PLoS ONE 10/2013; 8(10):e76733. DOI:10.1371/journal.pone.0076733 · 3.23 Impact Factor
[Show abstract][Hide abstract] ABSTRACT: The DNA damage checkpoint is tightly controlled. After its activation, the checkpoint machinery is inactivated once lesions
are repaired or undergoes adaptation if the DNA damage is unable to be repaired. Protein acetylation has been shown to play
an important role in DNA damage checkpoint activation. However, the role of acetylation in checkpoint inactivation is unclear.
Here we show that histone deacetylase Rpd3-mediated deacetylation of Rad53 plays an important role in checkpoint adaptation.
Deletion of Rpd3 or inhibition of its activity impairs adaptation. RPD3 deletion also leads to a higher acetylation level and enhanced kinase activity of Rad53. Replacement of two major acetylation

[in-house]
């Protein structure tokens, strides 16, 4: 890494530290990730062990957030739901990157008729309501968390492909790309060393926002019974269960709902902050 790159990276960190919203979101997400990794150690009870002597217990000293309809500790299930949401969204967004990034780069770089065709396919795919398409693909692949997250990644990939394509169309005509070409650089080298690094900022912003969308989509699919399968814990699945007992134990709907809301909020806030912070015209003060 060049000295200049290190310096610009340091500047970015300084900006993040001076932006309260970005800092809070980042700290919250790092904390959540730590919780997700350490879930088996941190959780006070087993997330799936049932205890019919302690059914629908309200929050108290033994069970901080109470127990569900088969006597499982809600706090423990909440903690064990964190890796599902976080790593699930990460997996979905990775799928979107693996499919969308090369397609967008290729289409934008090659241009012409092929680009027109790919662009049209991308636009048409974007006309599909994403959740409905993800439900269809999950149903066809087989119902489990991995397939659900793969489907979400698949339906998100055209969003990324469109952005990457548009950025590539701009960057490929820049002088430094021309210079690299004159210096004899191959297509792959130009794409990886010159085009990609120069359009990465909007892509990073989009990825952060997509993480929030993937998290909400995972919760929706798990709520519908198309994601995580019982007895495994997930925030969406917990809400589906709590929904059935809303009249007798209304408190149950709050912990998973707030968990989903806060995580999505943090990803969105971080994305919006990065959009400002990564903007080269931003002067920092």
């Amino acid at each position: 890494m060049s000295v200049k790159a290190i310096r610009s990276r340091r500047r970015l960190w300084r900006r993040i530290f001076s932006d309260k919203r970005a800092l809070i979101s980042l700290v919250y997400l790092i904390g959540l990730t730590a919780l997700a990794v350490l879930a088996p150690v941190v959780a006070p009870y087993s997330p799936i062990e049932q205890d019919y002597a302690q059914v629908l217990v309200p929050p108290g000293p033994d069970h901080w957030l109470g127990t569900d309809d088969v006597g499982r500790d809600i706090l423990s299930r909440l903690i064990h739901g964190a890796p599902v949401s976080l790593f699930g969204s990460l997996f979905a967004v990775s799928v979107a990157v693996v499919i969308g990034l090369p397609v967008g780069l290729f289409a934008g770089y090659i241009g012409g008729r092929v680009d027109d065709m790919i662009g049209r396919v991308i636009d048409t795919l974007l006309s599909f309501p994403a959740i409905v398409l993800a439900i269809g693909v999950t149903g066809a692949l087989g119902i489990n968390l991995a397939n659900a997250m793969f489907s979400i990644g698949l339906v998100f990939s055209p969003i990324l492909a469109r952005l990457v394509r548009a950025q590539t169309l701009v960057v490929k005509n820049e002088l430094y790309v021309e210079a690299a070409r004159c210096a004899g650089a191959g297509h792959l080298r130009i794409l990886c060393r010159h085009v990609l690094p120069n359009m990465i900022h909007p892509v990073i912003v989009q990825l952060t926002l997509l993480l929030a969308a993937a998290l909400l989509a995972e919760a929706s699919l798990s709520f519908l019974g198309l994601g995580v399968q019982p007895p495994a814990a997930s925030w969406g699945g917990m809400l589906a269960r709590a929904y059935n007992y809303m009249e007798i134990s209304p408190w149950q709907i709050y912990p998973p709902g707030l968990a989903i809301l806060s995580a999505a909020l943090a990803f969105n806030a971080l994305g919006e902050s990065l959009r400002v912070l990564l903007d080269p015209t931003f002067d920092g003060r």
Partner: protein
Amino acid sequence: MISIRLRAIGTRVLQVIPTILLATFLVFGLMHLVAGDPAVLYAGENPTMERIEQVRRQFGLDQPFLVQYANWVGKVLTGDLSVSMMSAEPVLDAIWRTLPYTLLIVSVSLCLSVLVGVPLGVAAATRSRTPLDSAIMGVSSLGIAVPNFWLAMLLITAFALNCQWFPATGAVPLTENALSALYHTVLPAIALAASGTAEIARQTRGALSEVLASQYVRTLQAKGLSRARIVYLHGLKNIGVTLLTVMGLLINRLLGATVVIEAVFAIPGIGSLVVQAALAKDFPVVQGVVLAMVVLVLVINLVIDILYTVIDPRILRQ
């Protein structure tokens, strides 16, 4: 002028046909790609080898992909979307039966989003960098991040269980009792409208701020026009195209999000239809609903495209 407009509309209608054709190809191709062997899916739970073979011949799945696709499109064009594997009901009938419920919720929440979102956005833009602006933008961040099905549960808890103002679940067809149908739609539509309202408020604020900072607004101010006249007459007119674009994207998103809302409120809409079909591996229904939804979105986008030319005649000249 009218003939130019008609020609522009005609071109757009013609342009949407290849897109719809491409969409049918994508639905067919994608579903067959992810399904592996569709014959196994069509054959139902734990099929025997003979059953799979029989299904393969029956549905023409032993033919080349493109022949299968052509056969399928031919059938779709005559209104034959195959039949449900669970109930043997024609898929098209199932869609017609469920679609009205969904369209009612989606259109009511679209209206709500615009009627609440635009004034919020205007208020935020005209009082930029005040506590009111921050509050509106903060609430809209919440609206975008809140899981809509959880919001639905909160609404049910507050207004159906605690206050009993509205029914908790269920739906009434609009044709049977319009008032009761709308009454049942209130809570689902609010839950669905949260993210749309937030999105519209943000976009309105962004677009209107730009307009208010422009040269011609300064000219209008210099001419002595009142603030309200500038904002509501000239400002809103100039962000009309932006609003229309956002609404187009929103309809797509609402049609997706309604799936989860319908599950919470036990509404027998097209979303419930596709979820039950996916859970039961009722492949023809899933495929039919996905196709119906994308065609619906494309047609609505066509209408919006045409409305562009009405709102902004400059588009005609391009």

sites of Rad53 with arginine reduces its activity and further suppresses the adaptation defect of rpd3Δ cells, indicating that Rpd3 facilitates adaptation by preventing Rad53 overactivation. Similar to its role in adaptation,
deletion of RPD3 or inhibition of its activity also suppressed checkpoint recovery. Altogether, our findings reveal an important role of Rpd3
in promoting checkpoint adaptation via deacetylation and inhibition of Rad53.